Pierson: I've gotta be honest though. I had no idea how intelligent pigs were until I heard that you had pigs and I was like, "Oh." I'm like, "Let me do some research on pigs," and I had no idea. I actually saw something, and which this could be completely false, so if I'm speaking out of turn, please feel free to speak up and correct me. But I have seen that forensic cases that have been cold for ages, you know how they'll get a dog to pick up on a scent? If there's a cold case from ages ago and they're trying to find something, they'll actually use pigs for their sense of smell to track stuff down.
James: Yeah, I've heard that. I don't know a lot about it first hand. Obviously I haven't used my pigs to hunt down any bodies, at least not yet. [chuckle] But yeah, there we go, that... Man, you guys are giving me all the good ideas here, you should be... I should be paying you for this. [chuckle] Yeah, but their sense of smell is incredible, and when you combine that with their problem-solving skills, it's a dangerous match. So for example, we have a bread drawer in our kitchen, and the bread is down at the bottom. And the pig, the older one figured out how to grab the handle and open it. And we had to finally, we could not figure out how to get it closed. We finally, the only way we could get her to stop opening the bread drawer and stealing entire loaves of bread at a time was to take off the handle. There is no handle on one drawer in our kitchen, and that's just how it's gotta be. But we have kids and kids are the biggest security breach of all. Because if the kids make themselves toast and they put the bread back in the bread drawer and they don't get it closed all the way, if there's a little bit of that plastic bag sticking out, she will grab it, pull open the drawer and steal all the bread she wants, and go and just sleep in a carb coma for the rest of the day. And I am sad to say she has outsmarted us in that way more than once. Far, far more than once.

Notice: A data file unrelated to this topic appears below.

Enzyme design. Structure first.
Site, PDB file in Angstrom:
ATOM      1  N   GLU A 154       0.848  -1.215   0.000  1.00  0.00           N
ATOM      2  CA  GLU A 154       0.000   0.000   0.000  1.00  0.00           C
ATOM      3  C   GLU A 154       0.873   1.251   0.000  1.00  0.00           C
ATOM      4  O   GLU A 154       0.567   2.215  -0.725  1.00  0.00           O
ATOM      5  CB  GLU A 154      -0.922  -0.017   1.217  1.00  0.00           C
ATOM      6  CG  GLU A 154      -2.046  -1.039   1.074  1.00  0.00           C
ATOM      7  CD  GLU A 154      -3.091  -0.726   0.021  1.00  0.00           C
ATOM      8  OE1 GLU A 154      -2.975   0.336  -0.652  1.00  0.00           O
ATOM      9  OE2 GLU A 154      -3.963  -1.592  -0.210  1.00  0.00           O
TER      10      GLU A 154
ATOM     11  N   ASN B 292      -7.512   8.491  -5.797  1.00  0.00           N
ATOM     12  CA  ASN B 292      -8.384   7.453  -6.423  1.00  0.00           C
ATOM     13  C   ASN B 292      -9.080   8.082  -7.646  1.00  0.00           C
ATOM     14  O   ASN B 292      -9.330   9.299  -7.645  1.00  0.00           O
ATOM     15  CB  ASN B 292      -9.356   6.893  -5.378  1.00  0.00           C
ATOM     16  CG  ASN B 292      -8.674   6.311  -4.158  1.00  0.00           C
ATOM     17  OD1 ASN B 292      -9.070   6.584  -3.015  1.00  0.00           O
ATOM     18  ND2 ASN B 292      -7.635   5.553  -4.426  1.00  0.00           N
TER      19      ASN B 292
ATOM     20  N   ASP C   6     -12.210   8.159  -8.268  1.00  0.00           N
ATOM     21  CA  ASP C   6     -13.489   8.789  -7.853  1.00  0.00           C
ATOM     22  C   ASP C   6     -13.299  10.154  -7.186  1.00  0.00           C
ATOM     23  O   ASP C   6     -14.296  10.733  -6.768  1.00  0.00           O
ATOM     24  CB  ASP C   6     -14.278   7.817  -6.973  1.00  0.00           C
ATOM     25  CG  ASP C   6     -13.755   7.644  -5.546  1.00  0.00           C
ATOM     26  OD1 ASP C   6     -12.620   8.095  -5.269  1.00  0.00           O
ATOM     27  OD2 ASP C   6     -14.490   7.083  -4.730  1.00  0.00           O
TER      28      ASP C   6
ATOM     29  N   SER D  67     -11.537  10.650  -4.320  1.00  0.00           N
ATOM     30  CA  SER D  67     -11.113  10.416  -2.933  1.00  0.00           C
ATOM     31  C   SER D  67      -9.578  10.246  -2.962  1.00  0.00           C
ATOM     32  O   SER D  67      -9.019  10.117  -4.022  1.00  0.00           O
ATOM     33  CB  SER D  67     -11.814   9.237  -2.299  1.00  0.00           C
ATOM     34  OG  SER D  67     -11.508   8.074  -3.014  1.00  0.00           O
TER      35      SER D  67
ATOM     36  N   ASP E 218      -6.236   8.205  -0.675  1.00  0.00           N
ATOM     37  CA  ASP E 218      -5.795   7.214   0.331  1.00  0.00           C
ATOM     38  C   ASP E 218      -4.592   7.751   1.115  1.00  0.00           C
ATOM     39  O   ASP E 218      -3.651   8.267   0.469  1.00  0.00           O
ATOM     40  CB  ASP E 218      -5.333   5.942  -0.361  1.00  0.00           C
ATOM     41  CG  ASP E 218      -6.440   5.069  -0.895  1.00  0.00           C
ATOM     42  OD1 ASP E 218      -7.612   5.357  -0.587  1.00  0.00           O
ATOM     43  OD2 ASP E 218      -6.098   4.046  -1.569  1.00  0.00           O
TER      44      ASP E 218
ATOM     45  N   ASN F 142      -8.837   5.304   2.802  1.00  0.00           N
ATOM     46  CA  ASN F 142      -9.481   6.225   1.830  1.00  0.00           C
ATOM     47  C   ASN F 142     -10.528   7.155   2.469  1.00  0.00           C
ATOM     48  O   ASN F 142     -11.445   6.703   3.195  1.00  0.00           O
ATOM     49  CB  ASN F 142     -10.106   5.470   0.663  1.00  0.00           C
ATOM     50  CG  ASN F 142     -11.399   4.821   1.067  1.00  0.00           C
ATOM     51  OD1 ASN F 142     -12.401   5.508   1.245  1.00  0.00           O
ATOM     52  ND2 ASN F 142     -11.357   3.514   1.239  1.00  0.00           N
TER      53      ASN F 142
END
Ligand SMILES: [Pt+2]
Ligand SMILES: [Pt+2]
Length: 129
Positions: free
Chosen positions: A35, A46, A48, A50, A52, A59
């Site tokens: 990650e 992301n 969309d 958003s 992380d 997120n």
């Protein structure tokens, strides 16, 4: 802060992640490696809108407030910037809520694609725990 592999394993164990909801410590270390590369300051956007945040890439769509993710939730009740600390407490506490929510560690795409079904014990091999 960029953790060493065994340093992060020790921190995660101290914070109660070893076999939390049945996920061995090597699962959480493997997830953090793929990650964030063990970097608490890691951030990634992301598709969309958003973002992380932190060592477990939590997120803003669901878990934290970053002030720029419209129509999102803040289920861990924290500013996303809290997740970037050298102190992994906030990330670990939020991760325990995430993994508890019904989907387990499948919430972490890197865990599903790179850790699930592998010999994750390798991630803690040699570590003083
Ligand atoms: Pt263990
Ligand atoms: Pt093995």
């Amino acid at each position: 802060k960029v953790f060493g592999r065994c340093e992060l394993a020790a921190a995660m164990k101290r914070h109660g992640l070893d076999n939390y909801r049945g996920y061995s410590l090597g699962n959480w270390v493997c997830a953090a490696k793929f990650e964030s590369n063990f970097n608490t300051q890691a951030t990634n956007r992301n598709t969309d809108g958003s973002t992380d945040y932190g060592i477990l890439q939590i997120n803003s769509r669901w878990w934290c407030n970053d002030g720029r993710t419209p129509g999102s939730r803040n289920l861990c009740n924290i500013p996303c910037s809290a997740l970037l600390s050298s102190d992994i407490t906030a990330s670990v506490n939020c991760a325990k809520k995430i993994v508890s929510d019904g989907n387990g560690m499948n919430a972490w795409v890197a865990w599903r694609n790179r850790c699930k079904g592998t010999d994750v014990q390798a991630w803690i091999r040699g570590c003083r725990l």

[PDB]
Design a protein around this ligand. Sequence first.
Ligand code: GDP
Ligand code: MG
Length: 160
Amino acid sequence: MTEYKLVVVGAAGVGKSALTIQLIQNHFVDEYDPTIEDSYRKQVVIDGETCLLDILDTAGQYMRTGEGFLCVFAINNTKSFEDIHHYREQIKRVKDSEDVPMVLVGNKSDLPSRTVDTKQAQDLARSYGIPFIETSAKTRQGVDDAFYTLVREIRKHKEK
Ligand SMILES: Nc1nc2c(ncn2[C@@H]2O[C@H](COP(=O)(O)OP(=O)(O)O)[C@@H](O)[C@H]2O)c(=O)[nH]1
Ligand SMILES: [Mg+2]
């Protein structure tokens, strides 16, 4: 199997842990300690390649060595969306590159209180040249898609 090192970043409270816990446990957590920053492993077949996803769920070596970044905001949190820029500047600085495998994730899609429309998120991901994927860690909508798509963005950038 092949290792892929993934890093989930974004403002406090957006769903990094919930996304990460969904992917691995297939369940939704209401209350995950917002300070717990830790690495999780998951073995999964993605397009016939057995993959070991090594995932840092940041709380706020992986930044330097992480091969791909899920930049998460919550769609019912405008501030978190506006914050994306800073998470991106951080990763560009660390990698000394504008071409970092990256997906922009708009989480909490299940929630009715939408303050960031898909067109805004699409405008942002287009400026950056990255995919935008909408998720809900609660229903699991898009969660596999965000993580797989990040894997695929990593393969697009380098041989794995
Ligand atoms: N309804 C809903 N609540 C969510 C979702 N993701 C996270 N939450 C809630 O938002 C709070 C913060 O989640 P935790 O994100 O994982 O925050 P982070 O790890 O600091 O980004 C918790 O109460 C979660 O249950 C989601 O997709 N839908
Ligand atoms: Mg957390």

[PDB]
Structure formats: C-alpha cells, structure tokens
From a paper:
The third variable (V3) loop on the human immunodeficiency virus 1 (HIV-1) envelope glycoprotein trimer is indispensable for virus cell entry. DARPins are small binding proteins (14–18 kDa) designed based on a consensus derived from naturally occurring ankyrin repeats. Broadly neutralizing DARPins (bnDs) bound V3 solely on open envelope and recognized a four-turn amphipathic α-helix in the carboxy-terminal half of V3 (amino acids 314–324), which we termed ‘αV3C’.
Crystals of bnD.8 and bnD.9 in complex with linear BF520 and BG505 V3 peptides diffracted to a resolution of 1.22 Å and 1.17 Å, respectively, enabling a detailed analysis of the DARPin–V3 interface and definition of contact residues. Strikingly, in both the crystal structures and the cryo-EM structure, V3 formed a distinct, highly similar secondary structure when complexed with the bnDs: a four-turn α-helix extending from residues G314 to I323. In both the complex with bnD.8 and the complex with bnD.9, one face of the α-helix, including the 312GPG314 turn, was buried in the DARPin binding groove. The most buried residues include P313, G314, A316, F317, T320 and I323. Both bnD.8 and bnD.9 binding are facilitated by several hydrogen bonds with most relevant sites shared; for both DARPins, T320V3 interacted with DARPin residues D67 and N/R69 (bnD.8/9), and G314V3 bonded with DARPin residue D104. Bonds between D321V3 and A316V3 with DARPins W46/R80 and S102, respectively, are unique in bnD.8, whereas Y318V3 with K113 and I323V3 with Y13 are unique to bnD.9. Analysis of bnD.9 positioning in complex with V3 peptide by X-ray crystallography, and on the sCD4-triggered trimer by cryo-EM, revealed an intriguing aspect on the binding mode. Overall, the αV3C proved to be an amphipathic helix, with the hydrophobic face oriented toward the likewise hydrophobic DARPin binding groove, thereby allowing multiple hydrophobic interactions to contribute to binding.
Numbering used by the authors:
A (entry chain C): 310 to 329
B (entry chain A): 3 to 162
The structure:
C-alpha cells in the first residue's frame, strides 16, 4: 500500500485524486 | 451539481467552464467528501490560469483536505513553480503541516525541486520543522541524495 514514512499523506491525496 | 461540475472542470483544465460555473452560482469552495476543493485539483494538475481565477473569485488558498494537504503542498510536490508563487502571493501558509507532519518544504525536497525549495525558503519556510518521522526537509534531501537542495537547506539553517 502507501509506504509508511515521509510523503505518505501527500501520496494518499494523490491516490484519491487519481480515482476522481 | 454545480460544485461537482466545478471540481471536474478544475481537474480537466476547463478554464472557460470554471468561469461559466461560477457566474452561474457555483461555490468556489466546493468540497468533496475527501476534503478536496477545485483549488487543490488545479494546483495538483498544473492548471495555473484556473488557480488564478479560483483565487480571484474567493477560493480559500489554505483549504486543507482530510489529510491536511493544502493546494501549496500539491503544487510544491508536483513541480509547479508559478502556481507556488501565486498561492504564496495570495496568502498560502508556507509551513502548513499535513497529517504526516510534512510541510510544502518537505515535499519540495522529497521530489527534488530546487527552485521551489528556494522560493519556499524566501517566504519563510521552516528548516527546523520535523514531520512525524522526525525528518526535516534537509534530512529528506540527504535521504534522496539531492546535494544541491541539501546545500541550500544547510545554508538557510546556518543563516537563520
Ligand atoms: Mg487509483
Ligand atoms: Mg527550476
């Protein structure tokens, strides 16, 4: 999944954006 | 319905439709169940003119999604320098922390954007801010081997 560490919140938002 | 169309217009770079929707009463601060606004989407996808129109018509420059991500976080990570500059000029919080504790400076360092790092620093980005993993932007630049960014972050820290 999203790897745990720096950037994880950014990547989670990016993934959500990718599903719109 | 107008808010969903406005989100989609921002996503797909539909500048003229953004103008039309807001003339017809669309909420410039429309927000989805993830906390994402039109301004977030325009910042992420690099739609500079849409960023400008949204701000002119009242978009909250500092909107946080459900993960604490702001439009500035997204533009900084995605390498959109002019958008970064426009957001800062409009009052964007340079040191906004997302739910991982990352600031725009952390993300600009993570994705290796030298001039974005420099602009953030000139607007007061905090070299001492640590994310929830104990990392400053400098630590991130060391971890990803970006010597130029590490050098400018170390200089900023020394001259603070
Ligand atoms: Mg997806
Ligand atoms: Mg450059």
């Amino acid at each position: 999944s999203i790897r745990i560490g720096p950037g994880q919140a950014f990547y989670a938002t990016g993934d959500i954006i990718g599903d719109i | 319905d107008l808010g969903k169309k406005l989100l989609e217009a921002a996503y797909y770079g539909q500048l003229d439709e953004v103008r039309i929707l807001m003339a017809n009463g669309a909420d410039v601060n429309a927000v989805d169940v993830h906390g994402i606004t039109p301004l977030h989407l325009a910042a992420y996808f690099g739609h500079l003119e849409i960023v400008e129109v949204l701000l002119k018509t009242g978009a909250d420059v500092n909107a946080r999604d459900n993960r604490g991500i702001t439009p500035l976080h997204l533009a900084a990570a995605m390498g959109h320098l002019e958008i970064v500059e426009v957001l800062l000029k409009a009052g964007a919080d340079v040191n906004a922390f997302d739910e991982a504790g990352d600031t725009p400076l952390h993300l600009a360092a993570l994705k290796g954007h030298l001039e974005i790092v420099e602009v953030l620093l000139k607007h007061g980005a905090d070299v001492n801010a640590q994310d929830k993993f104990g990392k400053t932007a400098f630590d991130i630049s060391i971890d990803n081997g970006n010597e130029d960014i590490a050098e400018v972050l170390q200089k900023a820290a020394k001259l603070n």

Pierson: She's sleeping so well. How nice, how sweet. And then you realize hours later, "Oh, we have no bread."
James: That was my worst moment of pig ownership. So there was a... So I went outside and so one of the things I did to keep the pigs entertained is I set up a deer pellet spreader. And it's meant to spread corn and hunters then attract deer back to the same spots every day, but I use it to spread out pellets for the pigs to eat for lunch and dinner. And that way they have to root around and really work for it, it gets them some time to kill. But I got it set up the wrong way when I first set it up, and this 25-pound bucket of feed fell to the ground and it crashed and it spilled everywhere. And I was like, "Oh no, the pigs are gonna go berserk and they're gonna... " I stumbled upon it after it had fallen. I thought, "They're gonna go berserk and they're gonna eat all of this, it's gonna be terrible." And they didn't even move, they just laid there. I was like, "How can they be so calm?" And I realized then that it hadn't fallen recently, it had been down all day, and this food have been out for so long that my pigs ate their fill and gave up on food. Do you know how much a pig has to eat to be full? I didn't know it was physically possible, but it is. It is somewhere around the 10 or 15 pounds of pig pellet mark.